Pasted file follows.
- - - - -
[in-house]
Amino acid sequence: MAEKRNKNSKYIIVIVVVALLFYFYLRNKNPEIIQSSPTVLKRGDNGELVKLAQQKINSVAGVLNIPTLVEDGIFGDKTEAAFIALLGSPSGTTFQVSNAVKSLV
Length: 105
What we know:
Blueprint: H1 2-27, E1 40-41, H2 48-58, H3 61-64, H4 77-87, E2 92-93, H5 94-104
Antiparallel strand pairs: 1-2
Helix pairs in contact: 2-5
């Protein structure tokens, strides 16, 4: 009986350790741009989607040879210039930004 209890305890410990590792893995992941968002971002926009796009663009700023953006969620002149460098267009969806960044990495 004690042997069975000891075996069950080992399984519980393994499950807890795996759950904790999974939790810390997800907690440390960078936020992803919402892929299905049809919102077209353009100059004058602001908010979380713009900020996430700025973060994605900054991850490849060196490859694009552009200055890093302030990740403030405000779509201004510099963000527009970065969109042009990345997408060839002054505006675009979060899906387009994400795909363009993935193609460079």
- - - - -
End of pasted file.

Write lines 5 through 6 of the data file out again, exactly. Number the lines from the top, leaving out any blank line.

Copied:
Blueprint: H1 2-27, E1 40-41, H2 48-58, H3 61-64, H4 77-87, E2 92-93, H5 94-104
Antiparallel strand pairs: 1-2